The police have given details in court of the investigation into the journalist Daphne Caruana Galizia’s murder. Ivan Martin maps out the key testimony and evidence – including crucial mobile phone data – presented so far.
It started from the end: Police and FBI agents sifted through heaps of cell tower data to get to who they believe are the killers.
Data from the Bidnija area helped investigators identify a phone number that received an SMS at 2.58pm on October 16, exactly when the bomb went off, then vanished from the grid.
This was the first step in a long and complicated ‘data trawling’ investigation. Investigators believe that the number was linked to an electronic command board normally used in domestic appliances that can be activated remotely. This was the DIY detonator used in the car bomb.
Deeper analysis of the cell tower data shows that the SIM used in the bomb went active in the Bidnija area at around 2am on October 16 – which is when investigators believe the bomb was placed in Ms Caruana Galizia’s car.
The cigarette butt: A “small white car” frequented a rural area near the Tat-Tarġa Battery in the days leading up to Ms Caruana Galizia’s murder but then was never seen again. Witnesses who spoke to police investigators said that on the day of the murder, the white car was there again, but while they normally noticed a man inside, this time there was nobody.
Police found a collapsed wall next to where the car had been parked and followed a small path to a tree with a bird’s-eye view of Bidnija and of the road where the bomb went off. A “fresh-looking” cigarette butt was found at the vantage point – and forensic testing matched it to the DNA of the accused Alfred Degiorgio.
The spotter: Alfred Degiorgio is believed by inspectors to have been the spotter monitoring the Caruana Galizia household. Cell data has him in the Bidnija area the night before the murder and remaining at the vantage point until shortly after the 3pm explosion.
Investigators believe that Alfred called his brother George Degiorgio to inform him Ms Caruana Galizia had left the house and gave the go-ahead for him to pull the trigger.
But the first call was aborted after Ms Caruana Galizia returned to her house, having forgotten to bring her husband’s chequebook. The second call lasted 107 seconds, the exact time it took to drive from the house to where the bomb exploded.
The boat: Investigators believe George Degiorgio’s pleasure boat, the Maya, is central to the murder investigation. On the day of the murder, the boat, a Wellcraft Martinique 200, left its berth near the Marsa potato shed at around 8am.
The previous day Mr Degiorgio had told known associates of his that he was “going fishing”.
The vessel was seen turning north when it left the harbour and was tracked on a number of cell towers that face the sea. At the time the fatal SMS that detonated the bomb was sent, the Maya was spotted in the waters near the Great Siege Bell, where it stopped for a few minutes before heading back towards Marsa.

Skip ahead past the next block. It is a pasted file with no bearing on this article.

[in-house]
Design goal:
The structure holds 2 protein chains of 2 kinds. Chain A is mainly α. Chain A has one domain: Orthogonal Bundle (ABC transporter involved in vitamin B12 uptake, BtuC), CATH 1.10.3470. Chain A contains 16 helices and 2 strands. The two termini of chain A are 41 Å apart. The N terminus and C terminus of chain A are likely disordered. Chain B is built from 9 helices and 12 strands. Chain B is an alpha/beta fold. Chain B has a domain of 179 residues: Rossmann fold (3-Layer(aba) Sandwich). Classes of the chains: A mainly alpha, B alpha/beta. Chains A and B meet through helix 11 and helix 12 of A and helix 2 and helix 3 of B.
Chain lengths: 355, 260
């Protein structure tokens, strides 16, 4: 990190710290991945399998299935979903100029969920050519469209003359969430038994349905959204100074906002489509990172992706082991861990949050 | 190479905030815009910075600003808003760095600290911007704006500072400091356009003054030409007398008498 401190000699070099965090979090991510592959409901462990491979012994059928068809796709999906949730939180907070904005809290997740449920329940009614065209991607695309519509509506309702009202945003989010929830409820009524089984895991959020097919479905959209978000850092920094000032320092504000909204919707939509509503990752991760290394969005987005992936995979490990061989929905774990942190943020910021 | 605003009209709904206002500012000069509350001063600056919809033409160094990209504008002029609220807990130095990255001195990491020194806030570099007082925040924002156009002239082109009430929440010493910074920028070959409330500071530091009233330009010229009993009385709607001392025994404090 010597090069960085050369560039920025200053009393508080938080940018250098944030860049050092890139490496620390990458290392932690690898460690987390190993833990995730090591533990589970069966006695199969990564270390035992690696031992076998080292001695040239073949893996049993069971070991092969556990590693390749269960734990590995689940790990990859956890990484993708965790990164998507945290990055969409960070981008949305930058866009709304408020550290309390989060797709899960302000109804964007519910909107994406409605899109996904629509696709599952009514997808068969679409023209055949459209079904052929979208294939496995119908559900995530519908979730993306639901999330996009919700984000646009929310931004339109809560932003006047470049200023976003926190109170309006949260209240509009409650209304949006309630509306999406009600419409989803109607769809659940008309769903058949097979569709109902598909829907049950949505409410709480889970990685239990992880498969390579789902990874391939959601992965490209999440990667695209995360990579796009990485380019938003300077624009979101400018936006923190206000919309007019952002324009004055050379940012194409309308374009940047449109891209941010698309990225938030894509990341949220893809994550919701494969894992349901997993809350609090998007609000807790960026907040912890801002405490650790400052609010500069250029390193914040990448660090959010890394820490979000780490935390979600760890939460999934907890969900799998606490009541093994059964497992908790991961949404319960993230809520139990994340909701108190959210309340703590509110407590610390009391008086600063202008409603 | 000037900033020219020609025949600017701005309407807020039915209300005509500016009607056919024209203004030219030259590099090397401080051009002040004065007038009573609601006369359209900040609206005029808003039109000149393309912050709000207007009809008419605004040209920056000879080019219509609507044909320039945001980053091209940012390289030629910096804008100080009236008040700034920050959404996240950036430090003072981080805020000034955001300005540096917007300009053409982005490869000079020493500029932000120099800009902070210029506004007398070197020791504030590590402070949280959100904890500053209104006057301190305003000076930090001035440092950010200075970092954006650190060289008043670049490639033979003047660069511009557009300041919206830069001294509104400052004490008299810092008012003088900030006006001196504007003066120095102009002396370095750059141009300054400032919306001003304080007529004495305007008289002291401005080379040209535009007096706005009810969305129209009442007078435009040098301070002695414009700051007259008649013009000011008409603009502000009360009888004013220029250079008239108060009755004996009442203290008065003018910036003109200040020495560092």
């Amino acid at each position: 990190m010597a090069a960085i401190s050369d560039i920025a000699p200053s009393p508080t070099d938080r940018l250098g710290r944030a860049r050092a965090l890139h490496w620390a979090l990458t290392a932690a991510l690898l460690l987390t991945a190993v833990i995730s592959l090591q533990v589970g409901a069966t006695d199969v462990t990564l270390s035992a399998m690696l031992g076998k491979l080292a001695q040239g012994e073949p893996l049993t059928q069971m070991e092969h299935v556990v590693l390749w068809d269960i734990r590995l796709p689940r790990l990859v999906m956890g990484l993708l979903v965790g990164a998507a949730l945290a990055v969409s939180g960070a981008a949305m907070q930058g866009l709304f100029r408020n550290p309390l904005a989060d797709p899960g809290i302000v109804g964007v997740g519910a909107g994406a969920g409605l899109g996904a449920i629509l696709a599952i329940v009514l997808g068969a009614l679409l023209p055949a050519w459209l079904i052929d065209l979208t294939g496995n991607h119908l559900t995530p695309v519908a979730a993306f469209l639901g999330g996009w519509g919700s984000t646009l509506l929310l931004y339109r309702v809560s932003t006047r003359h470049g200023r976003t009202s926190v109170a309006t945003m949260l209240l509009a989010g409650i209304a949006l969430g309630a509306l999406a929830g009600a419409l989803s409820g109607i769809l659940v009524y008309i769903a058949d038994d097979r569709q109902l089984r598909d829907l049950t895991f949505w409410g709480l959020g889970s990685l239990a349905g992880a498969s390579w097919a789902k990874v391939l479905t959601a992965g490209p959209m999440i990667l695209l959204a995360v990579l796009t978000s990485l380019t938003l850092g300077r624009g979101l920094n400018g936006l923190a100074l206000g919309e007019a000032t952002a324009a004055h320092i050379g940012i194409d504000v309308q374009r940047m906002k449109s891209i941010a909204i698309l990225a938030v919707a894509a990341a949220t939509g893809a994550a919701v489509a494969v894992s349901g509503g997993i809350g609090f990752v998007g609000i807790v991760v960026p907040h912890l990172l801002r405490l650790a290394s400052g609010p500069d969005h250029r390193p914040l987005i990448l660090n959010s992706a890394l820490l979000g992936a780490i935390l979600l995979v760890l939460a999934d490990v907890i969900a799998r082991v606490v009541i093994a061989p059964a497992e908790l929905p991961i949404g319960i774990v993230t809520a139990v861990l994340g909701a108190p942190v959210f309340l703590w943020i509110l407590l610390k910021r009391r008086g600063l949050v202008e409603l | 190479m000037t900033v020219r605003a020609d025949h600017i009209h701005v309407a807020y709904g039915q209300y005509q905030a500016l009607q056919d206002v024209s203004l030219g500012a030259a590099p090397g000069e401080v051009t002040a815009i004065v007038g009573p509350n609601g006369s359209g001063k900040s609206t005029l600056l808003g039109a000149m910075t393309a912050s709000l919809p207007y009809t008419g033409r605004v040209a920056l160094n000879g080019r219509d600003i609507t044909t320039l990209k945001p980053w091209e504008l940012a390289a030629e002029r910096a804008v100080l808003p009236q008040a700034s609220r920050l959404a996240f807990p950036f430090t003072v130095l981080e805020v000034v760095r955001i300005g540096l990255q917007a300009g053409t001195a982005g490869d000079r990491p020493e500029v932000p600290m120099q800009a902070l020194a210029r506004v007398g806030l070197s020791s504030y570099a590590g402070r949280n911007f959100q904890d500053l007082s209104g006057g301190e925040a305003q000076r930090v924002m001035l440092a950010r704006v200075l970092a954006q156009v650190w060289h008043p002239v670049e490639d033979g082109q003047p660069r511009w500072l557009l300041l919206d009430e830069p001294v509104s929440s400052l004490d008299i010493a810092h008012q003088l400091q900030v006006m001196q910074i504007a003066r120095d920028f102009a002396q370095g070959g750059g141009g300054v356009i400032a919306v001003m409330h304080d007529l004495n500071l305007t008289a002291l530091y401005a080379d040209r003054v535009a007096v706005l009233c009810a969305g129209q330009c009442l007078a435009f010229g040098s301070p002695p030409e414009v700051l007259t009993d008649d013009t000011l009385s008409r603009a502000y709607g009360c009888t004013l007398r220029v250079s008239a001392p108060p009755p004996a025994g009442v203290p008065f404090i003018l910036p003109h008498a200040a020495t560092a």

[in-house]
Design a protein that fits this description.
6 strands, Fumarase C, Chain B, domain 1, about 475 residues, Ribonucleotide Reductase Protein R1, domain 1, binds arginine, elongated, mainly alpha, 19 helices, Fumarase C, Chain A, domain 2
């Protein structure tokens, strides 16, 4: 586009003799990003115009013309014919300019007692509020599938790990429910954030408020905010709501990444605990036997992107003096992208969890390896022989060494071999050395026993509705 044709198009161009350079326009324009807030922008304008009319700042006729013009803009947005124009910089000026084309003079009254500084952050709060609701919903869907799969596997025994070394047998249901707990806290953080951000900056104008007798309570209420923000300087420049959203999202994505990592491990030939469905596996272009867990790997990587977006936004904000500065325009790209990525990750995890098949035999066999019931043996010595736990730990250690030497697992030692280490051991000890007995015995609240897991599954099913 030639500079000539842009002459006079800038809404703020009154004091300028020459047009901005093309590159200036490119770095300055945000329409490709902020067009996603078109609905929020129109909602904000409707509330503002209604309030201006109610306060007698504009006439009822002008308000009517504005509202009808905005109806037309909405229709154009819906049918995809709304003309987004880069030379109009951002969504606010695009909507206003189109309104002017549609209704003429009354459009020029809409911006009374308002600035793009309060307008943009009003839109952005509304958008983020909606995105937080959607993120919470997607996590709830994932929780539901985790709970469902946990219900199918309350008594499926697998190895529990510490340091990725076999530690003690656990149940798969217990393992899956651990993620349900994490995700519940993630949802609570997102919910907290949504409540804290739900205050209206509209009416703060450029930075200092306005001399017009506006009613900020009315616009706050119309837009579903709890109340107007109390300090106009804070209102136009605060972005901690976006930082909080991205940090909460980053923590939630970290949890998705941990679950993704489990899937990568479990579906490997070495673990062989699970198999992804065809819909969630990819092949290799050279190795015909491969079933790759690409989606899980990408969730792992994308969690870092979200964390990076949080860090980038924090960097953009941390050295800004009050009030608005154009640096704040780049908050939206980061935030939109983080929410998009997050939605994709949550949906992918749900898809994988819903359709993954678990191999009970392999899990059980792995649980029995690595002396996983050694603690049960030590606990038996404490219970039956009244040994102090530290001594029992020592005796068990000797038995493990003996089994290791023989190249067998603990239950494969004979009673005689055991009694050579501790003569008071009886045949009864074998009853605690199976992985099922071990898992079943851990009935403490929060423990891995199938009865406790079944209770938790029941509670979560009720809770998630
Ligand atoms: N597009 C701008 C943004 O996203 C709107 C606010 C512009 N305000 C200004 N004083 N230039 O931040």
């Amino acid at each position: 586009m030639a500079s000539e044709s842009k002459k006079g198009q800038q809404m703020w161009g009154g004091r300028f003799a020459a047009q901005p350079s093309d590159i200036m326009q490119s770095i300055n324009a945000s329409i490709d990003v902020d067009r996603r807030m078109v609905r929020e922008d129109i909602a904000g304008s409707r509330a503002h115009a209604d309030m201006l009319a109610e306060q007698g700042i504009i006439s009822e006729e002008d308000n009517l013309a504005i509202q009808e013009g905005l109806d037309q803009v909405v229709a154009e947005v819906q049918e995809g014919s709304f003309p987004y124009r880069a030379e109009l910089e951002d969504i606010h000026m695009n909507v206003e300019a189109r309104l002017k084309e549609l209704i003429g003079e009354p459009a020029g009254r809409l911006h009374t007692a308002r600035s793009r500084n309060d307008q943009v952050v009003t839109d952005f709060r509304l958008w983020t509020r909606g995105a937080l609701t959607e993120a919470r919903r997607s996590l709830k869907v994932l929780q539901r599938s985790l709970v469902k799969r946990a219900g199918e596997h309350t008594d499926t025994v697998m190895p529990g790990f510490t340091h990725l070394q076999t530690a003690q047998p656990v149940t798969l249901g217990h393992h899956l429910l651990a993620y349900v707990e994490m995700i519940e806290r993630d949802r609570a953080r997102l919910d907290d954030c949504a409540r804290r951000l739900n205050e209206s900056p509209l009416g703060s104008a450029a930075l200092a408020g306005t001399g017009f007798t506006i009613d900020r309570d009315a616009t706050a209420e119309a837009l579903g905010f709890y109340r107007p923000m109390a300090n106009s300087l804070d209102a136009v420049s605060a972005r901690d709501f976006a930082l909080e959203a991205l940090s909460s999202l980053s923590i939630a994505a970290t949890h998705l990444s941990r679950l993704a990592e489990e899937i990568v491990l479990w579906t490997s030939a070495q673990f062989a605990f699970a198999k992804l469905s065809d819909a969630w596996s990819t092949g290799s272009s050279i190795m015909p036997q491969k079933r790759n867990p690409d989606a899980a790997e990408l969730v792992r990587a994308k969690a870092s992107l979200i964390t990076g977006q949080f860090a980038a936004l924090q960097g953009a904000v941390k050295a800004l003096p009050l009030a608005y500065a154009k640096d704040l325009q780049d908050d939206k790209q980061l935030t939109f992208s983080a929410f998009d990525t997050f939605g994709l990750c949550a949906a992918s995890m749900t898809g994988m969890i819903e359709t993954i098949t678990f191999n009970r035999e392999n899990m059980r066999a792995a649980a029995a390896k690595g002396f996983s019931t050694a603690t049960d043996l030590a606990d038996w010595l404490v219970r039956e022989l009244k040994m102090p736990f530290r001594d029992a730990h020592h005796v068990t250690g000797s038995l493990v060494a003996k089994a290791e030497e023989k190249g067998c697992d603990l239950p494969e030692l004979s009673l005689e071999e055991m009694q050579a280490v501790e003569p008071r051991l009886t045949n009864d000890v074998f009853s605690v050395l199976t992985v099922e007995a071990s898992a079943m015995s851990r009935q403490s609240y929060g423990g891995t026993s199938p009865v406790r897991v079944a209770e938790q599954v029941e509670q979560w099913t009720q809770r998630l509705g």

Shortly after the bomb exploded, wiretapped phone calls with George feature him boasting that he “caught two big fish today”.
The footage: Police officer Saviour Scerri told the court how on October 25, CCTV footage from Transport Malta’s Grand Harbour monitoring cameras was scoured.
The police were looking for footage of George Degiorgio’s Maya leaving the harbour on the day of the murder. Sure enough, there the boat was, leaving Valletta on that same morning.
Officer Scerri told the court how last month he had been sent to Valletta to film the same boat heading towards Marsa. Stills of the footage have been submitted as evidence in the case.
The potato shed: The three men were all arrested in the Menqa area of Marsa on December 4 in one of the enclosures that form part of a former potato shed.
The shed, close to the Marsa Regatta Club, was raided by police and special tactical officers.
The mobile phones: In the water just outside the shed where Mr Degiorgio’s Maya was berthed, scuba officers found several mobile phones, some identical to those used in the murder, others unrelated but belonging to the accused.
The top-up call: The Security Services intercepted a call from George Degiorgio’s phone while he was out at sea on October 16, asking an associate to top up his phone with €5 in Vodafone credit. After this person failed to help him, Mr Degiorgio called another friend to ask for help – telling him to be quick.
The top-up is one of the most incriminating pieces of evidence in the police investigation, as investigators believe it links George Degiorgio to the crime. They testified that after detonating the bomb by SMS, Degiorgio messaged his wife with the words: “Buy me wine, my love.”
The phone signals: According to cell tower data, the phone used to send the fatal message was out at sea on the day of the murder.
Investigators speaking in court explained how the pattern of bouncing signals from cell towers pointing out to sea, which located the phone at Sliema and in the Xagħjra area, indicated a signal coming from the sea. A similar pattern was noted from Mr Degiorgio’s personal phone on the day.